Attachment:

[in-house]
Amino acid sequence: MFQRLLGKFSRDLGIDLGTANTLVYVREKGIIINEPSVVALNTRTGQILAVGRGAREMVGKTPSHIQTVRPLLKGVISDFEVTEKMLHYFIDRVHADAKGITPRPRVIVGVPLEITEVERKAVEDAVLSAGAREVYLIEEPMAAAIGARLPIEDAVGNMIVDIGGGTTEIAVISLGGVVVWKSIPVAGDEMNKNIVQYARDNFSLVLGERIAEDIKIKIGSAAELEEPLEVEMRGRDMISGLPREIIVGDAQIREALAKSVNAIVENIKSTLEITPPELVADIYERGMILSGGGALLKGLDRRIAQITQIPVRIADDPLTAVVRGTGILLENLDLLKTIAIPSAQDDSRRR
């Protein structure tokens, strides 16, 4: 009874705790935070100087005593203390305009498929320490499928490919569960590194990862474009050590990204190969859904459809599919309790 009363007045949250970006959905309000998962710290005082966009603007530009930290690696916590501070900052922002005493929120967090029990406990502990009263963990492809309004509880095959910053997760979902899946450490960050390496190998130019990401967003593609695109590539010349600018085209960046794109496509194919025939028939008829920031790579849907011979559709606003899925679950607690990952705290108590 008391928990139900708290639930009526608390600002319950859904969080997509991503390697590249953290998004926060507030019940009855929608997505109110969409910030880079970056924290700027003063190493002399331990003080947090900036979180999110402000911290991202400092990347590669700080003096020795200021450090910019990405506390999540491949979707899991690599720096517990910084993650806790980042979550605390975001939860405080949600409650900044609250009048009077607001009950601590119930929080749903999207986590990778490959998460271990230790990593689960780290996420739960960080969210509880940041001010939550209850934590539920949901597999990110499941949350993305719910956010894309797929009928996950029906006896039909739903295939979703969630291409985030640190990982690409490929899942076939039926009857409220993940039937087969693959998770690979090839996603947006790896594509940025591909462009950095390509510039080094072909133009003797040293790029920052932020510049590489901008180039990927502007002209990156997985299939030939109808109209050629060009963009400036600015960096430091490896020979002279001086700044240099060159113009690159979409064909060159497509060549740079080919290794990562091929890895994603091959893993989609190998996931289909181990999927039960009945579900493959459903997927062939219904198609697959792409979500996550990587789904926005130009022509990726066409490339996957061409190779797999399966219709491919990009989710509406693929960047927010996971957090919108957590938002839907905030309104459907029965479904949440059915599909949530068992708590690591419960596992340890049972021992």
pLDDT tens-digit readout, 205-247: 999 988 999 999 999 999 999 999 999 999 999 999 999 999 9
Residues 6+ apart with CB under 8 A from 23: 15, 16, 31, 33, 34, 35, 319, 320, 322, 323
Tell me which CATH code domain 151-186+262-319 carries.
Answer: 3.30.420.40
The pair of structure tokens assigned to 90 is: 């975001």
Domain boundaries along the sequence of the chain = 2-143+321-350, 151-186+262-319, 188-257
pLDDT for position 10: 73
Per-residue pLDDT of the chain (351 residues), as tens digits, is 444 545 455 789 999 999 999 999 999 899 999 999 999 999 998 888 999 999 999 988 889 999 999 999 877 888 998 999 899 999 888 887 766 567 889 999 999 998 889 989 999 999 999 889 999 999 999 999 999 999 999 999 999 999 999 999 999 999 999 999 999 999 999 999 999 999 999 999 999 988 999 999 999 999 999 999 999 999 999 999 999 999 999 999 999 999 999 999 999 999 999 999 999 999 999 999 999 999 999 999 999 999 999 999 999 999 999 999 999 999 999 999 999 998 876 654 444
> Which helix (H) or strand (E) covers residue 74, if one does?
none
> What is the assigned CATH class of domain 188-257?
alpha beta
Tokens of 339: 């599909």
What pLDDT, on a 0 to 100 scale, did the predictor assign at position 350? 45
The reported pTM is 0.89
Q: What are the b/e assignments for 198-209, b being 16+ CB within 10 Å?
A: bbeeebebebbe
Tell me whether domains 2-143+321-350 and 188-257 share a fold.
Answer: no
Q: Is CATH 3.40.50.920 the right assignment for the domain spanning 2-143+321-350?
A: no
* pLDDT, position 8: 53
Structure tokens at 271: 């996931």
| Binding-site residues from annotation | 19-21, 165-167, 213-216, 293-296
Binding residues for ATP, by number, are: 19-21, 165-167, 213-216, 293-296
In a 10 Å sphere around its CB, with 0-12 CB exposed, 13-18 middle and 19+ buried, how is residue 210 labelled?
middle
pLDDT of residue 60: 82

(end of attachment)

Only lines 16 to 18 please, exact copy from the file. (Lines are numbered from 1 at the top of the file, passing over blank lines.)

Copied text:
Tokens of 339: 């599909």
What pLDDT, on a 0 to 100 scale, did the predictor assign at position 350? 45
The reported pTM is 0.89